When setting up a GPU rig or ASIC, miners are predominantly focused on how to correctly maximize worker efficiency by optimizing overclocks, energy consumptions and choosing the right coins and pools to mine profitably. But a crucial - and yet often overlooked detail - is securing and ensuring the safety of their equipment.
In this article, we will share steps on how to ensure your farm is kept secured from unauthorized access.
Equipment safety needs to be considered in advance. The first step begins with registering a personal account with Hive OS.
Specify an active and accessible e-mail address, as you will be required to confirm your account. Next, create your own Hive OS login.
Follow these guidelines when creating your password:
Try to use upper and lower case letters.
The password needs to have at least one special character.
The length should be at least 8 characters.
Avoid reusing passwords from other services.
If you are just starting to get acquainted with Hive OS, then this guide will come in handy.
After registering or logging into your account, we strongly recommend that you enable two-factor authentication in your account settings.
It provides an additional layer of security for your account, ensuring that only you can gain access to your account, even if your password has been compromised.
We recommend that you read the basic safety rules in this article.
An ISP can see what resources your equipment is accessing over the Internet.
VPN masks your IP address and location securing online connections and bypasses firewalls and geo-blocking among other benefits, but it doesn’t come without possible down sides - VPN can cause slower network speeds, connection throttling, lag and thus increase your stale shares. HiveOn, however, takes this into account by paying 50% of stale shares as long as it’s kept under the overall 5% limit.
This tutorial explains in detail how to set up a VPN connection.
The worker can be accessed remotely via multiple ways including SSH, Hive Shell, Shellinabox and Teleconsole.
If you want to access a worker that is directly connected to the Internet (ie without a router - for example a direct cable connection from an internet provider, USB GSM modem, etc.) or in a large untrusted internal network (for example, the so-called “Home networks”), you can access it only through ssh (port 22), shellinabox (port 4200), or vnc (port 5900). By default, access is carried out by login (user) and password (1). A password that consists of only one digit is very easy to guess. That is why it is recommended to change the default password. To do this, you can open a hive shell and enter the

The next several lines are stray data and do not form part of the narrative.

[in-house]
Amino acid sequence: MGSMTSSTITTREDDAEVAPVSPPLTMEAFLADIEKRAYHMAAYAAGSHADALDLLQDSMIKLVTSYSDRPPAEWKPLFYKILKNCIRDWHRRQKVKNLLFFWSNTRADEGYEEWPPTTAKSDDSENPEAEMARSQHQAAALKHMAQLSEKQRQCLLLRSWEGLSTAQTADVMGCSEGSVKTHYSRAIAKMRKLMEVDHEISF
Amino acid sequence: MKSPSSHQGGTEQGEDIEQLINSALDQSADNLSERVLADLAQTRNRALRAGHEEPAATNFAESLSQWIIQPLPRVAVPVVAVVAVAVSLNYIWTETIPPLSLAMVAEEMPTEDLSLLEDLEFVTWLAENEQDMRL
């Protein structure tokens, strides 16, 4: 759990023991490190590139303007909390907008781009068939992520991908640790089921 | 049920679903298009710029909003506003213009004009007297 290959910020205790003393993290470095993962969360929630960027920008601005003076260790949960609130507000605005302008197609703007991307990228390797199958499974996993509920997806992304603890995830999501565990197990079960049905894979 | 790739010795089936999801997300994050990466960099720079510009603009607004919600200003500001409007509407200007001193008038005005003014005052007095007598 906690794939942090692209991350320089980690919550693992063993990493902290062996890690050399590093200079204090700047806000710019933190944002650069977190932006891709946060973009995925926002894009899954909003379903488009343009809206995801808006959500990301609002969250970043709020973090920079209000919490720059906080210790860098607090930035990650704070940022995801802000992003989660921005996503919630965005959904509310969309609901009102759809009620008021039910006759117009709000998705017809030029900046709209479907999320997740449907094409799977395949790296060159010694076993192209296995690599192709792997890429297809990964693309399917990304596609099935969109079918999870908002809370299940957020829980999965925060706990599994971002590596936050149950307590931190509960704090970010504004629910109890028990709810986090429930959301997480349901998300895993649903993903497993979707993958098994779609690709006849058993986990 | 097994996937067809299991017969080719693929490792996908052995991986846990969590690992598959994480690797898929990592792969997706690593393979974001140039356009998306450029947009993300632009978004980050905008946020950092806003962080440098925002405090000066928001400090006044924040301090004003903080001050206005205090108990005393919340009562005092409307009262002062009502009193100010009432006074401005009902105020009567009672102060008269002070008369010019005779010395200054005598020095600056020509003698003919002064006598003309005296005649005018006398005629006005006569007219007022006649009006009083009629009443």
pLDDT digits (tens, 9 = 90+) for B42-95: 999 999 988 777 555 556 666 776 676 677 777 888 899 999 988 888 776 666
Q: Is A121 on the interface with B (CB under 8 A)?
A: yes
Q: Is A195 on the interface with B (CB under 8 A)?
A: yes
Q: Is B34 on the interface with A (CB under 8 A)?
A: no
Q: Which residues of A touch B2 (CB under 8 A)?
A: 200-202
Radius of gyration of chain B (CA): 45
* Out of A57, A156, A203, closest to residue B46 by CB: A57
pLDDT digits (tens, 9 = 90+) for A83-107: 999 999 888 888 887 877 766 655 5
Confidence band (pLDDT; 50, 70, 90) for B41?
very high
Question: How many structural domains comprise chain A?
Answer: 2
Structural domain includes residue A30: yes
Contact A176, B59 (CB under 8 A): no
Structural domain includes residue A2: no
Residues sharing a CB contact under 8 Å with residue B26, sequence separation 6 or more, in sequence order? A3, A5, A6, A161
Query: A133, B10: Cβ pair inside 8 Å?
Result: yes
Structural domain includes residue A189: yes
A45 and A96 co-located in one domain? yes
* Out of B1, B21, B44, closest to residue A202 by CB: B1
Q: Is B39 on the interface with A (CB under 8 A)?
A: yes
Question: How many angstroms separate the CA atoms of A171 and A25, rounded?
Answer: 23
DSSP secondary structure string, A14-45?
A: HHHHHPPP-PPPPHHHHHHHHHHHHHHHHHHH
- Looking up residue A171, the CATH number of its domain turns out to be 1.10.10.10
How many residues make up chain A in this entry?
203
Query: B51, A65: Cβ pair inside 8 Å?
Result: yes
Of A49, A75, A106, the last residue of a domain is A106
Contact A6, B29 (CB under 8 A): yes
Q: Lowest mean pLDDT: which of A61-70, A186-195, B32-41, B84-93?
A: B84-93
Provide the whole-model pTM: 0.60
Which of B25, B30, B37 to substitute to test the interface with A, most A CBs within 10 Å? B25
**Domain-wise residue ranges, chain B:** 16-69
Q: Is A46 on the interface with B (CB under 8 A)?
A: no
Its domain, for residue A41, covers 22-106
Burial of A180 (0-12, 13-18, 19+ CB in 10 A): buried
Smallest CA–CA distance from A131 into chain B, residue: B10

hive-passwd YourNewPasswordHere command:
When creating a new password, try following the same guidelines when creating a secure account password.
In some cases, SSH is open to the internet. It can be closed via port forwarding on your router. It should be noted that these actions can be applied only on a worker with a static ip address. If DHCP is used, then this is not necessary.
DNS over HTTPS (DoH) is a protocol that enhances user privacy and security by preventing the interception and manipulation of DNS data.
You can enable DoH in the worker settings.
The best way to protect your account from phishing is to think critically about all information you receive, especially by email or via social media/messaging platforms and channels. Official Hive Team members will never unsolicitedly write to anyone in private.
If you have received a suspicious email you can use these tips to check whether it’s safe:
Email filters generally do a reasonable job at sorting out fake messages and scams, but you still have to be alert when receiving emails. Be especially cautious regarding cryptocurrency payments, as transactions are not reversible in instances where the receiver of the funds is acting under false pretenses.
In the vast majority of cases, the culprit will have your device mining to a different wallet. Always make sure you check your worker and flightsheets and ensure everything is still set up the way you initially configured it. Your pool dashboard can be a good indicator when checking both historical and current mining activity.
If the flightsheet has a different wallet address, the worker is mining by command line argument without your knowledge, or if the worker appears to be mining on the dashboard, but the pool shows your worker is offline, chances are your worker has possibly been compromised.
Ensure your network is properly secured against unauthorized external access. Reset and review your router settings and ensure you’re running the latest firmware available for your router.
Clear all Authentication tokens in your Account Page
Clear all unknown entries in your farm’s Access tab.
Reset both your Hive Account (Account Page) and Worker (
hive-passwd YourNewPasswordHere) passwords.
Turn off access via VNC by clearing the first line in
Turn off 2FA, and turn it on again.
Make sure to clear any Wallets and/or Flighsheets that you do not recognize as your own.
Format and reflash your storage device to ensure no compromising scripts or files are left behind.
We at Hive strive to create the best software for miners. Making sure we keep things - especially security - as intuitively and transparent as possible. There are also monitoring bots available in both Telegram and Discord that can be enabled to keep yourself notified of all activities surrounding your farms and workers. By following the steps described in this article, the risk of hacking your account or equipment will be reduced to zero.
🔎 We also have additional security resources available for Hive OS: